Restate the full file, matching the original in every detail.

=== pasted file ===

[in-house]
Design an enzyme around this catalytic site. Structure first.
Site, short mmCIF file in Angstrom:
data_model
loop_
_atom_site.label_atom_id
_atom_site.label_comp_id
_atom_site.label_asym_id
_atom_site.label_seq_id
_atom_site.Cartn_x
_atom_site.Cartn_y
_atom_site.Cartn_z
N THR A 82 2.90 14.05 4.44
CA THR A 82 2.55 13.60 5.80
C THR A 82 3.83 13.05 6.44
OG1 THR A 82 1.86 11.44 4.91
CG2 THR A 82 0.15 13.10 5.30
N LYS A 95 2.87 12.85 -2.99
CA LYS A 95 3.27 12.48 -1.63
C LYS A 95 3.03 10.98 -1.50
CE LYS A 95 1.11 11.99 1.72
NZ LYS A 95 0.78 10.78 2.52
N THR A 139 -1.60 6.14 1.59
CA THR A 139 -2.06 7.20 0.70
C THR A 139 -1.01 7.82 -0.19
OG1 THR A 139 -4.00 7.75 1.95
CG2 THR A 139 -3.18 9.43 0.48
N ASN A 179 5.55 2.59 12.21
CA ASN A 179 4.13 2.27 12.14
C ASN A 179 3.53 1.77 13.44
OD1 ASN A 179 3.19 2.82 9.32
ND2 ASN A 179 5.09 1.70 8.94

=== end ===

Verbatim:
[in-house]
Design an enzyme around this catalytic site. Structure first.
Site, short mmCIF file in Angstrom:
data_model
loop_
_atom_site.label_atom_id
_atom_site.label_comp_id
_atom_site.label_asym_id
_atom_site.label_seq_id
_atom_site.Cartn_x
_atom_site.Cartn_y
_atom_site.Cartn_z
N THR A 82 2.90 14.05 4.44
CA THR A 82 2.55 13.60 5.80
C THR A 82 3.83 13.05 6.44
OG1 THR A 82 1.86 11.44 4.91
CG2 THR A 82 0.15 13.10 5.30
N LYS A 95 2.87 12.85 -2.99
CA LYS A 95 3.27 12.48 -1.63
C LYS A 95 3.03 10.98 -1.50
CE LYS A 95 1.11 11.99 1.72
NZ LYS A 95 0.78 10.78 2.52
N THR A 139 -1.60 6.14 1.59
CA THR A 139 -2.06 7.20 0.70
C THR A 139 -1.01 7.82 -0.19
OG1 THR A 139 -4.00 7.75 1.95
CG2 THR A 139 -3.18 9.43 0.48
N ASN A 179 5.55 2.59 12.21
CA ASN A 179 4.13 2.27 12.14
C ASN A 179 3.53 1.77 13.44
OD1 ASN A 179 3.19 2.82 9.32
ND2 ASN A 179 5.09 1.70 8.94